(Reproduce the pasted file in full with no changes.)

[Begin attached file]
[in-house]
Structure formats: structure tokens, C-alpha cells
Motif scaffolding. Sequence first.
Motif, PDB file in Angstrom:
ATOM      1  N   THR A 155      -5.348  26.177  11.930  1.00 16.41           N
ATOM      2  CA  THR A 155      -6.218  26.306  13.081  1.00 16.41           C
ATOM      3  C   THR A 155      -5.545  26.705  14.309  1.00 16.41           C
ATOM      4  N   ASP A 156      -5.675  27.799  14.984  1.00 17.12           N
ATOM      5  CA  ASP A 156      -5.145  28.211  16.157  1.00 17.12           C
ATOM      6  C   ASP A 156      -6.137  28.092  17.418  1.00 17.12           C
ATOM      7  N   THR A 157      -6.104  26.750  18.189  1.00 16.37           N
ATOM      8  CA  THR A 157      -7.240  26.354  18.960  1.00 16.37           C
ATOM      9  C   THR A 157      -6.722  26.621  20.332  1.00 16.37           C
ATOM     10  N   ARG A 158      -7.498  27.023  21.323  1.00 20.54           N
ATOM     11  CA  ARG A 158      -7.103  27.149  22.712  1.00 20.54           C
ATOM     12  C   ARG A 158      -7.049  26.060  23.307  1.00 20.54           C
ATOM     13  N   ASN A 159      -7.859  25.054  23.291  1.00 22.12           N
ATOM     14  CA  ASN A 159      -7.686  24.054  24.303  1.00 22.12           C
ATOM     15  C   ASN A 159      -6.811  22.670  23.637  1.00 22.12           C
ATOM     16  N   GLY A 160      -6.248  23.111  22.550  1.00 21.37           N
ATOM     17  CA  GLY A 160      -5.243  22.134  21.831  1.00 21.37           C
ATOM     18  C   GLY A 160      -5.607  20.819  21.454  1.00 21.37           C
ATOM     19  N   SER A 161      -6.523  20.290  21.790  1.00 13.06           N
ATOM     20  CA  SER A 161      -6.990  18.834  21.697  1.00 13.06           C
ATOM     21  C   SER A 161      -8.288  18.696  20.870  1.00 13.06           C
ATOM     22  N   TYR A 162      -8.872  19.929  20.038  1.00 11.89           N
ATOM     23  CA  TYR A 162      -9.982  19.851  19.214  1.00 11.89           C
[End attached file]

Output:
[in-house]
Structure formats: structure tokens, C-alpha cells
Motif scaffolding. Sequence first.
Motif, PDB file in Angstrom:
ATOM      1  N   THR A 155      -5.348  26.177  11.930  1.00 16.41           N
ATOM      2  CA  THR A 155      -6.218  26.306  13.081  1.00 16.41           C
ATOM      3  C   THR A 155      -5.545  26.705  14.309  1.00 16.41           C
ATOM      4  N   ASP A 156      -5.675  27.799  14.984  1.00 17.12           N
ATOM      5  CA  ASP A 156      -5.145  28.211  16.157  1.00 17.12           C
ATOM      6  C   ASP A 156      -6.137  28.092  17.418  1.00 17.12           C
ATOM      7  N   THR A 157      -6.104  26.750  18.189  1.00 16.37           N
ATOM      8  CA  THR A 157      -7.240  26.354  18.960  1.00 16.37           C
ATOM      9  C   THR A 157      -6.722  26.621  20.332  1.00 16.37           C
ATOM     10  N   ARG A 158      -7.498  27.023  21.323  1.00 20.54           N
ATOM     11  CA  ARG A 158      -7.103  27.149  22.712  1.00 20.54           C
ATOM     12  C   ARG A 158      -7.049  26.060  23.307  1.00 20.54           C
ATOM     13  N   ASN A 159      -7.859  25.054  23.291  1.00 22.12           N
ATOM     14  CA  ASN A 159      -7.686  24.054  24.303  1.00 22.12           C
ATOM     15  C   ASN A 159      -6.811  22.670  23.637  1.00 22.12           C
ATOM     16  N   GLY A 160      -6.248  23.111  22.550  1.00 21.37           N
ATOM     17  CA  GLY A 160      -5.243  22.134  21.831  1.00 21.37           C
ATOM     18  C   GLY A 160      -5.607  20.819  21.454  1.00 21.37           C
ATOM     19  N   SER A 161      -6.523  20.290  21.790  1.00 13.06           N
ATOM     20  CA  SER A 161      -6.990  18.834  21.697  1.00 13.06           C
ATOM     21  C   SER A 161      -8.288  18.696  20.870  1.00 13.06           C
ATOM     22  N   TYR A 162      -8.872  19.929  20.038  1.00 11.89           N
ATOM     23  CA  TYR A 162      -9.982  19.851  19.214  1.00 11.89           C